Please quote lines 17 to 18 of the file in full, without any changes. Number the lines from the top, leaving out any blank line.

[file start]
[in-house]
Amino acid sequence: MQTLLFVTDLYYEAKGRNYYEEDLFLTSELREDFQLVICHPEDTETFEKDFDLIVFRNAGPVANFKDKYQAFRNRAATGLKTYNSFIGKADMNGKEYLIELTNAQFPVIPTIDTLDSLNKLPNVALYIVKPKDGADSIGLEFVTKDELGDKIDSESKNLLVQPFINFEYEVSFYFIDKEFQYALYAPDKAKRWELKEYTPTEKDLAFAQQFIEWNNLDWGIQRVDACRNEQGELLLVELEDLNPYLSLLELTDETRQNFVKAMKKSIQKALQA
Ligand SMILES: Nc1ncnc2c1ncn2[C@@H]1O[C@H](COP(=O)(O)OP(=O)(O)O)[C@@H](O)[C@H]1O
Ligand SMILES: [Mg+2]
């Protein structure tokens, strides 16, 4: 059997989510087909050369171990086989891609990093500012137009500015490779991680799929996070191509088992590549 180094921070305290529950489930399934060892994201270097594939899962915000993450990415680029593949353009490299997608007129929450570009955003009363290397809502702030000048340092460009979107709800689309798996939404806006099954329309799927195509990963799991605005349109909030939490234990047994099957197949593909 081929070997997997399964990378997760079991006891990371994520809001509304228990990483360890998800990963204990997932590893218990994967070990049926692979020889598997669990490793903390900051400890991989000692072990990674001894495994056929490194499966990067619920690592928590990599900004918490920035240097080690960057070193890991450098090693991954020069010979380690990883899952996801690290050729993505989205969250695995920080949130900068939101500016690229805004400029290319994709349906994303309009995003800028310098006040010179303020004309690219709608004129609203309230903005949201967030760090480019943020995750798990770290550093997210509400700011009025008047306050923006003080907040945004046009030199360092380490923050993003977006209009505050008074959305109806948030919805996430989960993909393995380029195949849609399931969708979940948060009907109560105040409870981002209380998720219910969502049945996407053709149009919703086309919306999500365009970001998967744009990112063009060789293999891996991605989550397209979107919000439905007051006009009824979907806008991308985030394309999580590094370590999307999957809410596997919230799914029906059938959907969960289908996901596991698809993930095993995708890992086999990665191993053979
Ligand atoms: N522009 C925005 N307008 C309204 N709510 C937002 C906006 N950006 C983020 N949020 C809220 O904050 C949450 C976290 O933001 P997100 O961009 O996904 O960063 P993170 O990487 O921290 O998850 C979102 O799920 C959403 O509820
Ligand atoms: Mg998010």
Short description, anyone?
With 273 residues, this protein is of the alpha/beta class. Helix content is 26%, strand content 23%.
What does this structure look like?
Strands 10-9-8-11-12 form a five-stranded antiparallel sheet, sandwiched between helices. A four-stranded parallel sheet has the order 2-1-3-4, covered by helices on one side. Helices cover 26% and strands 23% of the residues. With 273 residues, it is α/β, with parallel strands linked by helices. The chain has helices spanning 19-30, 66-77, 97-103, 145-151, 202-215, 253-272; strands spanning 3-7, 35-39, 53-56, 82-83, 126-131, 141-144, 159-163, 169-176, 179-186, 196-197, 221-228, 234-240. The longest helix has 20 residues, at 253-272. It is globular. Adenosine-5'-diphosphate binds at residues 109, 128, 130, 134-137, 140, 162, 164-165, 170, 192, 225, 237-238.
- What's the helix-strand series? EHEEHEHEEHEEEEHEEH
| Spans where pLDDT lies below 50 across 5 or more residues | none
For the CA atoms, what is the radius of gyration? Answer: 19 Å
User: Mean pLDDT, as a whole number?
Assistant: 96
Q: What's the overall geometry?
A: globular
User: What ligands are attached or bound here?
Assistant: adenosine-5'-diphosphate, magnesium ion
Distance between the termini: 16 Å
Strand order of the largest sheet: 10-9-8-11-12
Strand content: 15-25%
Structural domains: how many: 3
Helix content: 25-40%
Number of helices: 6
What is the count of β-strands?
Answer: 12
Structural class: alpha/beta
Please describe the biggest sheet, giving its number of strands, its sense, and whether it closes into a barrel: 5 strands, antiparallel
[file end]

Q: What's the overall geometry?
A: globular